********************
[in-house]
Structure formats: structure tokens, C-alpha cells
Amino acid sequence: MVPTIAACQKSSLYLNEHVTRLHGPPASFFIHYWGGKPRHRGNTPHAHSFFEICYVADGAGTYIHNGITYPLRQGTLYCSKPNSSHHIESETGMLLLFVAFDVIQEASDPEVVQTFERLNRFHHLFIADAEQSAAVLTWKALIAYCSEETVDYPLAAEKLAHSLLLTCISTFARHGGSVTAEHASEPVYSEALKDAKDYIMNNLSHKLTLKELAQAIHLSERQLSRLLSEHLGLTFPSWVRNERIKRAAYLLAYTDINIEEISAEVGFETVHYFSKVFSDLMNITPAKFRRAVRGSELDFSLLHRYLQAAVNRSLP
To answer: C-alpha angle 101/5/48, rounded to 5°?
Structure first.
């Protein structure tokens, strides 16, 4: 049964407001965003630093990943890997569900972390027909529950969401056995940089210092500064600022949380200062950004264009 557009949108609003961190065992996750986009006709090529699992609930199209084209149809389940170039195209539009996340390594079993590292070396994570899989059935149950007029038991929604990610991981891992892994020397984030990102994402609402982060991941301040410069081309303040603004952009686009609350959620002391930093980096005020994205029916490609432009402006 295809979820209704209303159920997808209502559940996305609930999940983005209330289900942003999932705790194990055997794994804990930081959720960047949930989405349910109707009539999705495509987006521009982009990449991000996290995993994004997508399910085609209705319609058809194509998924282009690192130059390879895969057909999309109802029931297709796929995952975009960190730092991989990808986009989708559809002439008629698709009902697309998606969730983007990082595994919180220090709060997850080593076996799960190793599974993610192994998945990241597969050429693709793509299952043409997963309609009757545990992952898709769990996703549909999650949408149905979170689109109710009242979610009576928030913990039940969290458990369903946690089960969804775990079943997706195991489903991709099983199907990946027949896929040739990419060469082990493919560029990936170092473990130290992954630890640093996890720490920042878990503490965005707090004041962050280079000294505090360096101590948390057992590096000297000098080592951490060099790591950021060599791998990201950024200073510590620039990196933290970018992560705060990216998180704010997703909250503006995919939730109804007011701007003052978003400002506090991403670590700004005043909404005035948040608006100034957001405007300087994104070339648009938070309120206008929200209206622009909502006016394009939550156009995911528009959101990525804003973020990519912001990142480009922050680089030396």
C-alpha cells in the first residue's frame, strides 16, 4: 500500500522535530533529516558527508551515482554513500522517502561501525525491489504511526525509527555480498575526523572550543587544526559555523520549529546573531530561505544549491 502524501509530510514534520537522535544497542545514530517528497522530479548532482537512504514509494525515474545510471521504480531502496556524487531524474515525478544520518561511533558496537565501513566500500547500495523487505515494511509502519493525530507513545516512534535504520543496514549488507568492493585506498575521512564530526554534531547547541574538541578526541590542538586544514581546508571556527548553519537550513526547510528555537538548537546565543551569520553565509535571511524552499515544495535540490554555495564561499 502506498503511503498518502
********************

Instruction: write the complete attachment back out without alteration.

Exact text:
[in-house]
Structure formats: structure tokens, C-alpha cells
Amino acid sequence: MVPTIAACQKSSLYLNEHVTRLHGPPASFFIHYWGGKPRHRGNTPHAHSFFEICYVADGAGTYIHNGITYPLRQGTLYCSKPNSSHHIESETGMLLLFVAFDVIQEASDPEVVQTFERLNRFHHLFIADAEQSAAVLTWKALIAYCSEETVDYPLAAEKLAHSLLLTCISTFARHGGSVTAEHASEPVYSEALKDAKDYIMNNLSHKLTLKELAQAIHLSERQLSRLLSEHLGLTFPSWVRNERIKRAAYLLAYTDINIEEISAEVGFETVHYFSKVFSDLMNITPAKFRRAVRGSELDFSLLHRYLQAAVNRSLP
To answer: C-alpha angle 101/5/48, rounded to 5°?
Structure first.
């Protein structure tokens, strides 16, 4: 049964407001965003630093990943890997569900972390027909529950969401056995940089210092500064600022949380200062950004264009 557009949108609003961190065992996750986009006709090529699992609930199209084209149809389940170039195209539009996340390594079993590292070396994570899989059935149950007029038991929604990610991981891992892994020397984030990102994402609402982060991941301040410069081309303040603004952009686009609350959620002391930093980096005020994205029916490609432009402006 295809979820209704209303159920997808209502559940996305609930999940983005209330289900942003999932705790194990055997794994804990930081959720960047949930989405349910109707009539999705495509987006521009982009990449991000996290995993994004997508399910085609209705319609058809194509998924282009690192130059390879895969057909999309109802029931297709796929995952975009960190730092991989990808986009989708559809002439008629698709009902697309998606969730983007990082595994919180220090709060997850080593076996799960190793599974993610192994998945990241597969050429693709793509299952043409997963309609009757545990992952898709769990996703549909999650949408149905979170689109109710009242979610009576928030913990039940969290458990369903946690089960969804775990079943997706195991489903991709099983199907990946027949896929040739990419060469082990493919560029990936170092473990130290992954630890640093996890720490920042878990503490965005707090004041962050280079000294505090360096101590948390057992590096000297000098080592951490060099790591950021060599791998990201950024200073510590620039990196933290970018992560705060990216998180704010997703909250503006995919939730109804007011701007003052978003400002506090991403670590700004005043909404005035948040608006100034957001405007300087994104070339648009938070309120206008929200209206622009909502006016394009939550156009995911528009959101990525804003973020990519912001990142480009922050680089030396």
C-alpha cells in the first residue's frame, strides 16, 4: 500500500522535530533529516558527508551515482554513500522517502561501525525491489504511526525509527555480498575526523572550543587544526559555523520549529546573531530561505544549491 502524501509530510514534520537522535544497542545514530517528497522530479548532482537512504514509494525515474545510471521504480531502496556524487531524474515525478544520518561511533558496537565501513566500500547500495523487505515494511509502519493525530507513545516512534535504520543496514549488507568492493585506498575521512564530526554534531547547541574538541578526541590542538586544514581546508571556527548553519537550513526547510528555537538548537546565543551569520553565509535571511524552499515544495535540490554555495564561499 502506498503511503498518502